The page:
waiting to be wanted, fathers may rise to be fearless
or choke on the root of their own fear, those black-cloaked
women pouring water from windows onto withered plants,
who’ve buried their living bodies in a bitterness
for all that life has lynched from them, will continue
to cry as flames flicker out along the Seine,
like their memory, revealing structure still standing
but soul no longer settled. They will still pour
their buckets of tears down the aging walls of a city
that cannot see beyond its past. If we cannot catch colour
then we too will be cremated in the concrete. But black
is only shadow until it finds a reason to ignite in light,
bark is dry but the branch bares blossom. Eat the storms,
Mother said, remember? Boil the beds of bitter blackness
until the dream rips through the rain and translucent
turns them lighter, brighter. And still we will come
to that lake where language lingers, still we will sink
beneath its depths to slip ourselves from the reflections
we have once worn and now outgrown. Still we will sink
kisses onto our starved lips and still come back for more
after love catches hold of kisses cradled on other lips.
Catch the colour, catch the kisses, catch the life
racing by in taxis, on trains with crimson carriages
connecting moments waiting to be made magical.
The starry night can be a bright light waiting for us
to paint it. Behold how much there is to love, to let go of,
to learn from. Let us be the design and not just the destruction.
Eat the storms, she said, taste the refreshment in the bright
blue rain. Colour is waiting just beyond the clouds.

  EBA745D1-36E2-45EB-B84C-61914EAEAF30

All words and photographs by Damien B. Donnelly

30th and final poem for National Poetry Writing Month 2019

RED INK

 

I love and lose in circles, scratching
at skin tipped in ink, trying to find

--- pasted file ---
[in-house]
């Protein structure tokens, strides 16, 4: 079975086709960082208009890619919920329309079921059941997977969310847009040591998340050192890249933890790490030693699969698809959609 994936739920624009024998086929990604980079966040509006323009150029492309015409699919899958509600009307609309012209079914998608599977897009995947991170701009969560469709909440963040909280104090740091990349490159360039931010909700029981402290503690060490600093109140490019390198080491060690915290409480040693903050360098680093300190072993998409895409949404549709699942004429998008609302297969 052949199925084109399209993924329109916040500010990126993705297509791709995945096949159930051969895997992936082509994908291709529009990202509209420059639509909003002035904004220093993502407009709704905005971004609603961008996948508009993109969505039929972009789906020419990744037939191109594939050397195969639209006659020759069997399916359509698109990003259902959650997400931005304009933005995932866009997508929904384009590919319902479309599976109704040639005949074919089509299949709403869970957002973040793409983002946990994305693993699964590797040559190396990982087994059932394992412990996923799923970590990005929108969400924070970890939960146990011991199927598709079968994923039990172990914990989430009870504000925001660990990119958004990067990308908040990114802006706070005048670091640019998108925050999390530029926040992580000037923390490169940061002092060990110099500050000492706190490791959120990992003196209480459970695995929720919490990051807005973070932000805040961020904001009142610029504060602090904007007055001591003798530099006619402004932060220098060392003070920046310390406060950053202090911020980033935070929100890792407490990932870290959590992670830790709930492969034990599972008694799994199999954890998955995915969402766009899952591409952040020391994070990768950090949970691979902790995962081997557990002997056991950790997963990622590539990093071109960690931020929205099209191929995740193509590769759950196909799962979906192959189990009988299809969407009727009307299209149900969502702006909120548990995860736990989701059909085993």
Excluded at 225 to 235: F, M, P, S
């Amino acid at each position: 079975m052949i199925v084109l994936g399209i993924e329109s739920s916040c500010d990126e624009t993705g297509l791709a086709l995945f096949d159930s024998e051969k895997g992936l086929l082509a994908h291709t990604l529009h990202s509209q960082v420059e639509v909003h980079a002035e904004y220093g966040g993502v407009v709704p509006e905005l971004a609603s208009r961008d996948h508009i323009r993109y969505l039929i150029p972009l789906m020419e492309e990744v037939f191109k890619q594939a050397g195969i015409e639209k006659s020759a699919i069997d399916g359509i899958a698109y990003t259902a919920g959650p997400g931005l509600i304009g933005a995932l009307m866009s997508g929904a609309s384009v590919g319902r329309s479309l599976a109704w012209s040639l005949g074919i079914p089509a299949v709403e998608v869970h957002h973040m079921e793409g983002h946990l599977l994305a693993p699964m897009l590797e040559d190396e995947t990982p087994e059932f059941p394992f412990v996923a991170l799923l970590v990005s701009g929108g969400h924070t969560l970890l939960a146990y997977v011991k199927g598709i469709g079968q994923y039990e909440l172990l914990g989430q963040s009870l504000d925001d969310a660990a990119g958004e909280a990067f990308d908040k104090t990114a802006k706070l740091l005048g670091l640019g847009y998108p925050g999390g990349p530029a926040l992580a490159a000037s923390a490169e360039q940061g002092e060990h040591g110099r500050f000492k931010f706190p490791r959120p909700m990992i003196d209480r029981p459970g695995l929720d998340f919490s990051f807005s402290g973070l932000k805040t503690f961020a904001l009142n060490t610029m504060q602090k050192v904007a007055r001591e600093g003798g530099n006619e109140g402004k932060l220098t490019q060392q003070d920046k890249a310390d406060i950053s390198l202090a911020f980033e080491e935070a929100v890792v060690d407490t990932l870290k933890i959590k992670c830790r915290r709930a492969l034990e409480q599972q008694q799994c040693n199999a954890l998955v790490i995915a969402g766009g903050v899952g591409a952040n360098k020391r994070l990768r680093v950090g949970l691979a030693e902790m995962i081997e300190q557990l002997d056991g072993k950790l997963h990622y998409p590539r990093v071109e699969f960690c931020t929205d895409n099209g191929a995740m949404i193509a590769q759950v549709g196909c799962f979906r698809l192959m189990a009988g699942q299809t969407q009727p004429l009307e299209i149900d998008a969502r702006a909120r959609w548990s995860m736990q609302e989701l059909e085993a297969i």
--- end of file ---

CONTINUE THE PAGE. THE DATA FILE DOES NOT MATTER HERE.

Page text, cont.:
the truth beneath the colours
I’ve let others colour in, hiding
the paler flesh I held from view,
we always need to hold on to something.

I am not comfortable over quiet dinners;
too much stilled air coursing
through the courses as I question
the seconds ticking by, in silence;
will you find me failure and flee?
But I’ll always be the first to fly
since that first flight I had no hand in.

I stir the stilled air with performances;
shy boy in the spotlight singing songs
he can’t quite find the notes for
or find the right to call his own.

I love and lie in circles that spiral
back on themselves, that cast further
reflections, not quite clear, on the boy
now faced as man in the mirror,
that flood more ink into that fading flesh.
‘Chromolume No. 9, Georges?’ she asked,
once, in a play, how many more?

Variations grow stale, thought becomes
tension, creation becomes controlled,
breath becomes bearer, bleaker. My chest
beats too quickly to let in fresh air,
fresh flesh, compressed, repressed.

I cannot lie in these circles,
these spirals that seem to linger,
longer, no longer. I am looking
to find a new shape; turning back,
returning, recalling that first mark,
to measure how far from it I ran,
to see what was left behind,
to lay it to rest and find the rest,
the rest of me beneath the red ink
tipped into this fragile flesh.

   

All words and photographs by Damien B. Donnelly

18th poem for National Poetry Writing Month